Postponing meals affects your body clock adversely


London: Do you postpone your meal time? Beware, it may delay one of the body’s clocks, warned researchers in a finding that sheds light on a potential way to alleviate symptoms of jet lag and shift work.
The human body runs according to a roughly 24-hour cycle, controlled by a “master” clock in the brain and peripheral clocks in other parts of the body that are synchronised according to external cues, including light.

The findings showed that a five-hour delay in meal times also causes a five-hour delay in our internal blood sugar rhythms, suggesting that meal times synchronise internal clocks that control rhythms of blood sugar concentration.

“It has been shown that regular jet lag and shift work have adverse effects on the body, including metabolic disturbances,” said lead investigator Jonathan Johnston from the University of Surrey.

Conversely, based on the time a person eats his or her breakfast, lunch and dinner, at least one of those clocks can also be reset, the study in the journal Current Biology reported.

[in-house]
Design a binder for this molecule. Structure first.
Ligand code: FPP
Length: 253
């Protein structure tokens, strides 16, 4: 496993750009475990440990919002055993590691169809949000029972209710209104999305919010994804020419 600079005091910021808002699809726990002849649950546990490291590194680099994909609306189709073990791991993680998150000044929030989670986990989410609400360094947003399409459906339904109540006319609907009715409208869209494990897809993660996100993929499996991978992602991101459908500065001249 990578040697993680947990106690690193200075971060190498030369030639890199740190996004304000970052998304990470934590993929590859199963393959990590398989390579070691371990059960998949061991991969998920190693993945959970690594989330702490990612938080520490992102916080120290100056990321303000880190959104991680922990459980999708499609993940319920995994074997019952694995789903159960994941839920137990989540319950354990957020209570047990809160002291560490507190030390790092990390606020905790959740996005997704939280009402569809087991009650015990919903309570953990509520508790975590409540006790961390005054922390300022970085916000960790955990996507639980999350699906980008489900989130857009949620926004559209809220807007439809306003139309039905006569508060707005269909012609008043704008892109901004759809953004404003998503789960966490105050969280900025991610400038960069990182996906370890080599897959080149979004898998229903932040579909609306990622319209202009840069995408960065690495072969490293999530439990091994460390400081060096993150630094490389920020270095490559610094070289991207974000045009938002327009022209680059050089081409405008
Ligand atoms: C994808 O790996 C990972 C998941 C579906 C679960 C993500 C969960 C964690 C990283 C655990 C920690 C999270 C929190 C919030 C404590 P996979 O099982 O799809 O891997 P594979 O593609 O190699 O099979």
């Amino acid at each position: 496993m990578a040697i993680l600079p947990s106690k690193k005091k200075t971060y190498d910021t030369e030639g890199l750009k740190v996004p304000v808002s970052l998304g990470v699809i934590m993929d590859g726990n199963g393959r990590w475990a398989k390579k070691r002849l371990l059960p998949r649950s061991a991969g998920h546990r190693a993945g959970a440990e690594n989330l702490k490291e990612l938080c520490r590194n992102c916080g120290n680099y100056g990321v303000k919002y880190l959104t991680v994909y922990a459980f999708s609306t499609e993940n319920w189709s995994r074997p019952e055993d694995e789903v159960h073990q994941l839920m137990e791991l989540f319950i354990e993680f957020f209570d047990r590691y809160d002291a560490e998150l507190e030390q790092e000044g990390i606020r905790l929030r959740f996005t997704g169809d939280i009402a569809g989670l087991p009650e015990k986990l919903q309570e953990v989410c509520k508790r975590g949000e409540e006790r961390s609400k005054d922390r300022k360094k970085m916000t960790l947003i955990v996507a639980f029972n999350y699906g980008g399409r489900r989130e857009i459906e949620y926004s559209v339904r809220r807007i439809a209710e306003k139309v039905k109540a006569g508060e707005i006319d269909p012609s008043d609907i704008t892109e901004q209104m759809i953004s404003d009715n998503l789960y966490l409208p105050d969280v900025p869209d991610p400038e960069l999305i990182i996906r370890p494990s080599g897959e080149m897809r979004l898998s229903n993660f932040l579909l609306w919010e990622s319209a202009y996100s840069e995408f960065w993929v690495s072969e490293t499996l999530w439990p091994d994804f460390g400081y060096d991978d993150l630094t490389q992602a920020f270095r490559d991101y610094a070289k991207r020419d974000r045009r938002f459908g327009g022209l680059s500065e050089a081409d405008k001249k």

“Altering meal times can reset the body clocks regulating sugar metabolism in a drug free way. This will help us design feeding regimes to reduce the risk of developing health problems such as obesity and cardiovascular disease in people with disturbed circadian rhythms,” Johnston added.

Regular jet lag and shift work have adverse effects on the body, including metabolic disturbances.
For the study, the team enrolled ten healthy young men in a 13-day experiment where they ate three meals at 5-hour intervals.

Each participant started with a meal time set to 30 minutes after waking, and then, after getting used to eating early, they switched to a meal served five hours later for six days.

Surprisingly, the delay in meal times did not affect insulin or triglyceride (fat) levels in the blood indicating that blood glucose rhythms can be governed by separate circadian clocks to these other key aspects of rhythmic metabolism, the researchers said.